, got the British traders to agree to hand over their opium stock with the promise of eventual compensation for their loss from the British government. (This promise, and the inability of the British government to pay it without causing a political storm, was an important cause for the subsequent British offensive). Overall 20,000 chests (each holding about 55 kg) were handed over and destroyed beginning 3 June 1839. Following the collection and destruction of the opium, Lin Zexu wrote a "memorial" (折奏/摺奏) to Queen Victoria
Victoria of the United Kingdom
Victoria was the monarch of the United Kingdom of Great Britain and Ireland from 20 June 1837 until her death. From 1 May 1876, she used the additional title of Empress of India....

 in an unsuccessful attempt to stop the trade of opium, as it had "poisoned" thousands of Chinese civilians (the memorial never reached the Queen).

Kowloon incident (July 1839)

After the chest seizure in April the atmosphere grew tense and at the end of June the Chinese coast guard in Kowloon arrested the commodore of the Carnatic, a British clipper. On Sunday, 7 July 1839, a large group of British and American sailors, including crew from the Carnatic, was ashore at Kowloon
Kowloon
Kowloon is an urban area in Hong Kong comprising the Kowloon Peninsula and New Kowloon. It is bordered by the Lei Yue Mun strait in the east, Mei Foo Sun Chuen and Stonecutter's Island in the west, Tate's Cairn and Lion Rock in the north, and Victoria Harbour in the south. It had a population of...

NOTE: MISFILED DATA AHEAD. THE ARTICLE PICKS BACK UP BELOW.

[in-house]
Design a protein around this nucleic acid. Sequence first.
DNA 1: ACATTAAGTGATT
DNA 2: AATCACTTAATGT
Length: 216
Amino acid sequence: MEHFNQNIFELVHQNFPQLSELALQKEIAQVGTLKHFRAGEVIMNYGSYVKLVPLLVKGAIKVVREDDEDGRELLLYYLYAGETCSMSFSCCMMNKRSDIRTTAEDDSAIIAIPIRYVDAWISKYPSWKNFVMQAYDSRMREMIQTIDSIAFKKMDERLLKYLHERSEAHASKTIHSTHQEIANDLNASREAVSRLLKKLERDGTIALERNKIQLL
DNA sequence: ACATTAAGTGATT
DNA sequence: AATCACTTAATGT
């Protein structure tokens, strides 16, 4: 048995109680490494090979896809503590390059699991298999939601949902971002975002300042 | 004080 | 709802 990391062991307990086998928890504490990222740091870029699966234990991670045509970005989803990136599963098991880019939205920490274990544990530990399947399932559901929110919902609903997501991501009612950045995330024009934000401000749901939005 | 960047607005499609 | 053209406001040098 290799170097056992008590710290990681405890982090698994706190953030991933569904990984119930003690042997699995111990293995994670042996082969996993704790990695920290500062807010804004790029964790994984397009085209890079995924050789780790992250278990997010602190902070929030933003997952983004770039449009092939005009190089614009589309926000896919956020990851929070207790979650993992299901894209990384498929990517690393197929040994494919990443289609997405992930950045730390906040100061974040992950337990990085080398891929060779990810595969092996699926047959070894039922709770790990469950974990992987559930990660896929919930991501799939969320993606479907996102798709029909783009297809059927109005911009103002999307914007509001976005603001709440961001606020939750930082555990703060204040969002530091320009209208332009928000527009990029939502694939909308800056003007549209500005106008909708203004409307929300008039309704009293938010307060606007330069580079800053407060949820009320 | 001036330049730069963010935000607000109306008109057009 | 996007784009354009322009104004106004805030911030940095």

, a provisioning point, and found a supply of samshu, a rice liquor, in the village of Chien-sha-tsui (Tsimshatsui). In the ensuing riot the sailors vandalised a temple and killed a man named Lin Weixi. Because China did not have a jury trial system or evidentiary process (the magistrate was the prosecutor, judge, jury and would-be executioner), the British government and community in China wanted "extraterritoriality
Extraterritoriality
Extraterritoriality is the state of being exempt from the jurisdiction of local law, usually as the result of diplomatic negotiations. Extraterritoriality can also be applied to physical places, such as military bases of foreign countries, or offices of the United Nations...

", which meant that British subjects would only be tried by British judges. When the Qing authorities demanded the men be handed over for trial, the British refused. Six sailors were tried by the British authorities in Canton (Guangzhou
Guangzhou
Guangzhou , known historically as Canton or Kwangchow, is the capital and largest city of the Guangdong province in the People's Republic of China. Located in southern China on the Pearl River, about north-northwest of Hong Kong, Guangzhou is a key national transportation hub and trading port...